Date of Award

Fall 12-7-2023

Degree Type

Dissertation

Degree Name

Doctor of Philosophy (PhD)

School

Humanities

Committee Chair

Max Grivno

Committee Chair School

Humanities

Committee Member 2

Matthew Casey

Committee Member 2 School

Humanities

Committee Member 3

Andrew Haley

Committee Member 3 School

Humanities

Committee Member 4

Deanne Stephens

Committee Member 4 School

Humanities

Abstract

Maritime historians have argued for a highpoint in maritime activity during the antebellum years. This peak was fed by Americans travelling on tall wooden sailing ships in international trade, in the whaling industries, and as members of the US Navy. The prowess of the American Merchant Marine faded quickly in the middle of the nineteenth century due to military losses during the American Civil War and due to the rise of steamships and steel hulls. This peak was followed by another lesser peak in the Twentieth Century as American ships caught up with technological changes. World War One provided a temporary boom to the shipping industries which fed European war markets.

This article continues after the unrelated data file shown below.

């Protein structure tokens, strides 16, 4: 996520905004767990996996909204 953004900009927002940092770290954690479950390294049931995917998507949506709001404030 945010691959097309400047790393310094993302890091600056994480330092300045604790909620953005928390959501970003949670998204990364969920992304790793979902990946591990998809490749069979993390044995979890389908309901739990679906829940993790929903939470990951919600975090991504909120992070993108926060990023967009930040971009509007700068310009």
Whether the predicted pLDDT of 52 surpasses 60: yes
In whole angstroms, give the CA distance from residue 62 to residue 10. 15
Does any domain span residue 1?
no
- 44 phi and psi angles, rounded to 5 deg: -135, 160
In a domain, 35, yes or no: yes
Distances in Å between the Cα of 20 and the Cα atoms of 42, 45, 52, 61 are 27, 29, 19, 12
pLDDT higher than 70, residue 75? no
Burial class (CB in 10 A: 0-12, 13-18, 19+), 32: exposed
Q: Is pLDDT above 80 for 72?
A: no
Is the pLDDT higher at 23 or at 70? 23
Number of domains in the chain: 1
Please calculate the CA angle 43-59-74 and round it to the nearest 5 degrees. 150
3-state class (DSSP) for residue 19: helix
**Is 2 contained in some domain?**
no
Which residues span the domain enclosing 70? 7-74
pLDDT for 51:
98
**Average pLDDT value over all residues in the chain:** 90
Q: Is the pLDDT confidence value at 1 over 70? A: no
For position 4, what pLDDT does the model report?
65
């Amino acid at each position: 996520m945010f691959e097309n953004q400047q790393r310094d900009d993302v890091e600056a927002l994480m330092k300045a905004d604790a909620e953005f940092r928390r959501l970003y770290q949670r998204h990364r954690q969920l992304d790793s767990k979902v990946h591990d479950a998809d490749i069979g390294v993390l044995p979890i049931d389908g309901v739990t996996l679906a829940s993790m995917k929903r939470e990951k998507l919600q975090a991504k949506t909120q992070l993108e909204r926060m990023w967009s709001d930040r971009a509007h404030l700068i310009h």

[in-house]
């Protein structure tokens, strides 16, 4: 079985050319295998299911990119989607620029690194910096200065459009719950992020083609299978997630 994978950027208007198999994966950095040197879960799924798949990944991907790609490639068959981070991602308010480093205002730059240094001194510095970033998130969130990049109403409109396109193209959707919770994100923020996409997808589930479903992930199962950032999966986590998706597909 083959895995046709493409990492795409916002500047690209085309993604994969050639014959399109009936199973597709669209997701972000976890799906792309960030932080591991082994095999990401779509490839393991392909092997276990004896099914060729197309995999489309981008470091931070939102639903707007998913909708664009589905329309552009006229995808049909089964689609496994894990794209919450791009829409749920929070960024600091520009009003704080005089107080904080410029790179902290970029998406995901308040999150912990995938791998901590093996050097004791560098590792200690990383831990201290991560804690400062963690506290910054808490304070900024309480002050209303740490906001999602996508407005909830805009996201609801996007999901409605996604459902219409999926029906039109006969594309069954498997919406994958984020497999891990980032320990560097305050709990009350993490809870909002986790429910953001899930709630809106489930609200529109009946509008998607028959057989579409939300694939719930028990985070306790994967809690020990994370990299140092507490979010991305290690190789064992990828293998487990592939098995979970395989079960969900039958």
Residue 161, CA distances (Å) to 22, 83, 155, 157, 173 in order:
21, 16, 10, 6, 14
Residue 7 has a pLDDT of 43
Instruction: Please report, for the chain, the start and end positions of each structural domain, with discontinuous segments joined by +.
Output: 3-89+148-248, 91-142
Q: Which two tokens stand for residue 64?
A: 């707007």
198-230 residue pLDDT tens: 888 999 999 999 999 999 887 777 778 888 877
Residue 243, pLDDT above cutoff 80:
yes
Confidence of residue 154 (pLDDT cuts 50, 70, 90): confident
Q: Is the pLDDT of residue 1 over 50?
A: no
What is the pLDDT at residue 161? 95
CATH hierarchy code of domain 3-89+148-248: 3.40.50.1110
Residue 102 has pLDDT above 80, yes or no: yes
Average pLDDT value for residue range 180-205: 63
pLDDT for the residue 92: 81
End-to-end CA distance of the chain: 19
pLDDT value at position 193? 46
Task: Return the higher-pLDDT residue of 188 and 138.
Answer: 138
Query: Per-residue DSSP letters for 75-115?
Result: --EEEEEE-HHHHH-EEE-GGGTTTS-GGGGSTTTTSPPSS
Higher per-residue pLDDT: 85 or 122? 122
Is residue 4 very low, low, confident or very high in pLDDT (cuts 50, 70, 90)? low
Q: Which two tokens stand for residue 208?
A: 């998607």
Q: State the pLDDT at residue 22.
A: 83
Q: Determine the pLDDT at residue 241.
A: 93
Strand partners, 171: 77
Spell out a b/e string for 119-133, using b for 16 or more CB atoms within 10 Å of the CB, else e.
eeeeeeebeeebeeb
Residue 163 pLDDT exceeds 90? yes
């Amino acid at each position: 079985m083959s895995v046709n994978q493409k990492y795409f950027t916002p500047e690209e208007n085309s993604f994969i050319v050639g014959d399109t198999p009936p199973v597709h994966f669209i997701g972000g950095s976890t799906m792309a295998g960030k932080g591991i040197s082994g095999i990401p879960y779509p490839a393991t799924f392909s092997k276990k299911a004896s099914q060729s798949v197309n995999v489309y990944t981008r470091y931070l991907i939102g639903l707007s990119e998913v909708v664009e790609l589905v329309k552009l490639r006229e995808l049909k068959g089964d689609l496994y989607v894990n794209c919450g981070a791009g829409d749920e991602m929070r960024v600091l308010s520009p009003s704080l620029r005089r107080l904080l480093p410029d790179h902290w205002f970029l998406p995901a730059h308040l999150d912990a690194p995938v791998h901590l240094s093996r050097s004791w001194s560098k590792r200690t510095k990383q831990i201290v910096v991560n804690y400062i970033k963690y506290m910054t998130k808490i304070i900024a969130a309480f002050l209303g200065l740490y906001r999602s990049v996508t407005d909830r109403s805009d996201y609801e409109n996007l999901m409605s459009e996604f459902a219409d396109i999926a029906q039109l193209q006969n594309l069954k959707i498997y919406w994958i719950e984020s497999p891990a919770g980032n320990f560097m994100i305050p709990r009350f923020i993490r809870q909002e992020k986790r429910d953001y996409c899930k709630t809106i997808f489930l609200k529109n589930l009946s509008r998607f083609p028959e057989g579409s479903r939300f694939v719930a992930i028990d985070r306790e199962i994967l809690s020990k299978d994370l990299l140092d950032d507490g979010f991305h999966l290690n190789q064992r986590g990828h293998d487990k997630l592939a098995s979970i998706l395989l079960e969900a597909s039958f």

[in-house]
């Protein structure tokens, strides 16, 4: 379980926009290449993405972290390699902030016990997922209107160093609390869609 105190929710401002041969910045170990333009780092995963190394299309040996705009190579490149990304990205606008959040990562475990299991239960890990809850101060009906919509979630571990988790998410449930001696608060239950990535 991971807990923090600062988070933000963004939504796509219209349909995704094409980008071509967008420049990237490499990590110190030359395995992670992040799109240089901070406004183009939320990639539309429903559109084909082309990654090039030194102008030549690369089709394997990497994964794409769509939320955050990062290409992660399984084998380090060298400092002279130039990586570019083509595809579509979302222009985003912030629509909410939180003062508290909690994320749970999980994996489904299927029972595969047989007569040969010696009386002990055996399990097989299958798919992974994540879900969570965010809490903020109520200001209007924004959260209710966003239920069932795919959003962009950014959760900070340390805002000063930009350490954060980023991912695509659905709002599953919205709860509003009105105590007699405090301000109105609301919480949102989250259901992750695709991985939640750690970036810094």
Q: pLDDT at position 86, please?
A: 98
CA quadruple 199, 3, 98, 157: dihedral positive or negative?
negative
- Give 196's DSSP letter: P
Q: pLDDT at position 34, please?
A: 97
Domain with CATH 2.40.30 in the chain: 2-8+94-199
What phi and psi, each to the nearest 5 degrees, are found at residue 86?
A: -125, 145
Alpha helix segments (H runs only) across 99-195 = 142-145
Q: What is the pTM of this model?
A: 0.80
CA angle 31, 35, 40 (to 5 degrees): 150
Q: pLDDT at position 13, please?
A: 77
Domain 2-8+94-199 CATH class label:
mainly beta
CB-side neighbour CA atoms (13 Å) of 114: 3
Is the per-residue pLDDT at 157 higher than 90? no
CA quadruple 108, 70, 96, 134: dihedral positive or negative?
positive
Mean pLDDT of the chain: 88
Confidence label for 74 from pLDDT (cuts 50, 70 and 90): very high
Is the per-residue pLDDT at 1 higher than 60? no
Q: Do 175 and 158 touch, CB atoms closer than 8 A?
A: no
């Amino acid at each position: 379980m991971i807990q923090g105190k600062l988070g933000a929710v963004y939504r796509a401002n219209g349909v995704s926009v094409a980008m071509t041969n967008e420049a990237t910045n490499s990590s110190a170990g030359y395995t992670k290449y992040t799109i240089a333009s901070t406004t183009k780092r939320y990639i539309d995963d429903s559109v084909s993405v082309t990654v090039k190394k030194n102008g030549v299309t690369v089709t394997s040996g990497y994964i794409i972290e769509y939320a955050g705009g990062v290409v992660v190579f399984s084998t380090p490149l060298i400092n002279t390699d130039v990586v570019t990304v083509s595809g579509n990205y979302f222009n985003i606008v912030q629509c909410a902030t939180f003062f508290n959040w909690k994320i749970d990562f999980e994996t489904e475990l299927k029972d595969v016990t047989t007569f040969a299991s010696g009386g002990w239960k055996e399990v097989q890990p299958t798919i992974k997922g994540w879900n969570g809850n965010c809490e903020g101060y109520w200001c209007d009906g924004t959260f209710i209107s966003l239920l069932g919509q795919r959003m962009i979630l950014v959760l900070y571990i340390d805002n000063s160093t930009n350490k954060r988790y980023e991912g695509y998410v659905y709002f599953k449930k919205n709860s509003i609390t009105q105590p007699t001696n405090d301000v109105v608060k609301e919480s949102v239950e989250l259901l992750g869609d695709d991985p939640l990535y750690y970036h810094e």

This dissertation examines sailors along the Gulf Coast during the nadir period between those two better known eras. It argues that the nadir posited by previous historians is largely illusory. The maritime industries remained active along the coast throughout the late nineteenth century. However, these sailors did not work in the famous blue water trades that fascinated the general public. Instead, they worked in liminal industries that relied on the southern estuary to survive. They fished, coasted, piloted larger ships into port, and oftentimes a mix of all three.

To prosper in these conditions, coastal mariners relied on older communities and older forms of work, even as industrialized shipping and fishing made inroads into the region. Small seaside towns and ports provided subordinate economies to the largely foreign blue water trades. Subsistence fishing and small-scale trading had long been a mainstay of the coastal economy. These did not require the monetary investment nor the risk of larger operations. Coastal denizens could make use of small boats, changing industries as necessary to adjust for the seasons and the tides. Canneries and railroads put pressure on these communities to extract more resources for the growing American economy. For a time, communities attempted to maintain their ways of work, creating a mixed economy of contract laborers working for more industrialized businesses on shore.

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